Note that this is just one approach (that has worked well for the type of projects we deal with).
I'm sure there are many other ways possible to deal with this.
Basically, I think it depends heavily on the context in which work is happening.. different project size, complexity, roles involved etc.. could lead to variations of the 'applied' agile approach.
Thanks for the contribution Ben. That's an interesting idea. Just so I understand, the 'preceeding issue type' - does that carry an estimate for the analysis of the Epic or a very rough guess at the magnitude of the epic as a whole? I think the latter is what we are looking for. What do you do with that issue once the Epic and its stories are created and estimated?
BTW We are also modelling the same 'parallel process' and have enabled the concurrent sprint feature so we can see the whole pipeline on an agile board.
Preceding issues would indeed contain only estimates for the preparation work.
When the preparation work is done, this issue is closed. Often, since the epic gets created during this prep work, the preceding issue can be moved under the resulting epic (could be useful for time rollup & reporting later).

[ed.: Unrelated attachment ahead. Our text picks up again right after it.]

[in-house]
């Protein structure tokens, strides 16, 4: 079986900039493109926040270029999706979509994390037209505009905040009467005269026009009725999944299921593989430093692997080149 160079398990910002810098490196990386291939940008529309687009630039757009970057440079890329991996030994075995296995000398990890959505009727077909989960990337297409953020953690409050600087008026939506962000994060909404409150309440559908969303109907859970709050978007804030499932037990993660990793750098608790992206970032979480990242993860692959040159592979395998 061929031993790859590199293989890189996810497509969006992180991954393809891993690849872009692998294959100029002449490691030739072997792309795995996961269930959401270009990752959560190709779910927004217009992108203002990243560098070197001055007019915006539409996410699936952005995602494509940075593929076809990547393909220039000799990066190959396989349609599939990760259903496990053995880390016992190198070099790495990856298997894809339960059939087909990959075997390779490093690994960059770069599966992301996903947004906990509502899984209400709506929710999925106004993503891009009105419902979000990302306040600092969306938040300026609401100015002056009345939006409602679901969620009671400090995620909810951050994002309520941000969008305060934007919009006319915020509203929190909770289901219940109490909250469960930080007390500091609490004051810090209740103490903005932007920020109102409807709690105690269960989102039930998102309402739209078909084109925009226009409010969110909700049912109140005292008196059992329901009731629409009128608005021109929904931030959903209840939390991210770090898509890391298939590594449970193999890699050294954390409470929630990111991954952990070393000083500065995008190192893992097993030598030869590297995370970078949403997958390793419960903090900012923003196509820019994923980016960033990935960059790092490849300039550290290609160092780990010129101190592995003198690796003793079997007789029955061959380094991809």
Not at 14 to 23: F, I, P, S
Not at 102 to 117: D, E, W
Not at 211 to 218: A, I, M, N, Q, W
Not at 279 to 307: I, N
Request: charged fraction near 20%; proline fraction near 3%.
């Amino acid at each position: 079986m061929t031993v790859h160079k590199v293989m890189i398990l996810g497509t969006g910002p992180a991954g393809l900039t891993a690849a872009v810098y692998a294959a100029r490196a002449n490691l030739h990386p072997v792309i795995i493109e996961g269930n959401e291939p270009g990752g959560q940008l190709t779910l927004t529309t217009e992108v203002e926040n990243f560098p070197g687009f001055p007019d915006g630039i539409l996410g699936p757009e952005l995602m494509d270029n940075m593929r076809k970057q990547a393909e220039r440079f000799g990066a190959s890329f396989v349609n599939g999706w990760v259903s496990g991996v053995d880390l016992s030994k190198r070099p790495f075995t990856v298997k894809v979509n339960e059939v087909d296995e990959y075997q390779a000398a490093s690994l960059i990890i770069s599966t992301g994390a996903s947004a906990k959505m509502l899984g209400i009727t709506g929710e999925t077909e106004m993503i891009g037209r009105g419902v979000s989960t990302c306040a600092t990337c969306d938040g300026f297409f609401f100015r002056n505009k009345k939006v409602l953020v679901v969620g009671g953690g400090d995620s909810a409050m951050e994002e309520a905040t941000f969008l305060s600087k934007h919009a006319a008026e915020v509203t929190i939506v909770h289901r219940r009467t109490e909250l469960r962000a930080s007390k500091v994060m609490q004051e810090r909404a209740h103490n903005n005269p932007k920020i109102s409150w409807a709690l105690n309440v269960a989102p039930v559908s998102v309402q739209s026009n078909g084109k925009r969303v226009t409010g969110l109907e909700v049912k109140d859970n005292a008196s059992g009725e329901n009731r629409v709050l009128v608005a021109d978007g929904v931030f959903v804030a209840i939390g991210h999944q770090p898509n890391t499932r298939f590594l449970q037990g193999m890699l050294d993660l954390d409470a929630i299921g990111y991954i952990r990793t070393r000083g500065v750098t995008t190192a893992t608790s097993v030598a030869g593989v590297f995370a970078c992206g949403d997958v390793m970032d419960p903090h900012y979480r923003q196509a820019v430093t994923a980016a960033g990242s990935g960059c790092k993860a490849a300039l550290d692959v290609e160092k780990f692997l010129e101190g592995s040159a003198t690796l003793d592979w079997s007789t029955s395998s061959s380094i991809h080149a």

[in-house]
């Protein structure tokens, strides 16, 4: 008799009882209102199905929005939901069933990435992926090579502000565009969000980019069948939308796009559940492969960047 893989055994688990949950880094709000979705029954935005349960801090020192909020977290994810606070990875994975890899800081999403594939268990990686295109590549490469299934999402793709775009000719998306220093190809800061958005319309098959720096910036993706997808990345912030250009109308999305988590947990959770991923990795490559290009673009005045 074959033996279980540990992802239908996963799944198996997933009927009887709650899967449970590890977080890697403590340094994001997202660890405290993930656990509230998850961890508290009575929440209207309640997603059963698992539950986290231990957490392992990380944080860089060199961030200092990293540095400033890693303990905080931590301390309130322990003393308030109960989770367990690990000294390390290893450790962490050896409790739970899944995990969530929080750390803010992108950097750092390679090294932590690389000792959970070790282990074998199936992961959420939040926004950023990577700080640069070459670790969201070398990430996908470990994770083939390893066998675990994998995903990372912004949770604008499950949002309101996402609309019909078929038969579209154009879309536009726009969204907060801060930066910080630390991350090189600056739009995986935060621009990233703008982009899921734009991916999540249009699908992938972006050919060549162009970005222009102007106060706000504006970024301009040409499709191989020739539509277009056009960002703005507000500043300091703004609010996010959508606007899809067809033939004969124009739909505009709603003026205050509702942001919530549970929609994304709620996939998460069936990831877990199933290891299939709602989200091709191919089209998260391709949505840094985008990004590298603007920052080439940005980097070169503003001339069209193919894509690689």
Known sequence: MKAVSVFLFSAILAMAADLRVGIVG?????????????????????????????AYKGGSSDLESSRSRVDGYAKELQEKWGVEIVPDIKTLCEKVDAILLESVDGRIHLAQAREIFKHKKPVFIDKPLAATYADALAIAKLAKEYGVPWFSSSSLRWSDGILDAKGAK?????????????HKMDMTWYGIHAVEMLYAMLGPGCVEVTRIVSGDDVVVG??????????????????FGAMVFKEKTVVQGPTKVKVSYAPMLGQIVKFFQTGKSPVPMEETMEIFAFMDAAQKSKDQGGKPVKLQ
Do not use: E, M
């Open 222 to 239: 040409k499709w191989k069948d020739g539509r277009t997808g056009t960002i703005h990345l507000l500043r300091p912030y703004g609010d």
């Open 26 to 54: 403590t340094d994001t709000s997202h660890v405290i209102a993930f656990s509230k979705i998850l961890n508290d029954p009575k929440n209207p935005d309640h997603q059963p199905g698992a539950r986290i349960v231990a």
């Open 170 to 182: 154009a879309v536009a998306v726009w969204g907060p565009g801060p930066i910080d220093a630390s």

Typically such a preceding issue (or Epic) would contain a rough estimate of the whole feature (volume & complexity), which can be used in interactions with customer (scope / approval etc..), but we prefer to keep that as separate information & definitely don't use JIRA's native estimation fields for this.
I also sympathize with the frustrations. Epics should live on the product backlog.
Many people here probably have a radiator or wall in the office with index cards stuck to them. On that physical wall, you would put an epic or a user story on the wall - no problem.
The backlog is a place where product managers store things and keep things visible.
I see the justification above. But I disagree with it. If the goal is to support our workflows, then that goal is not being met.
Epics have been a challenging discussion point now in my last two organizations.
In one, we used Epics (by Product Managers) to describe an entire feature, then broken down into stories (by Lead Developers/Architects) and tasks to execute on said feature. This method was favored by and provided transparency to the Product teams while providing metrics and levels of accountability across the dev teams.
In this regard, they are special, yet deserving of their own project, backlog and "board" to track overall progress, ideally automatically, based on the aggregated state of the underlying stories.
All to say I'd like to bring this approach to my new organization; however, I am now required to reimagine our process given the "poor" overall support for Epics. Unless I am missing something...
This approach requires you to have the JIRA administrative rights. The main aim of this article is to help you achieve an organized, easy-to-maintain workflows in your JIRA instance thereby, reducin...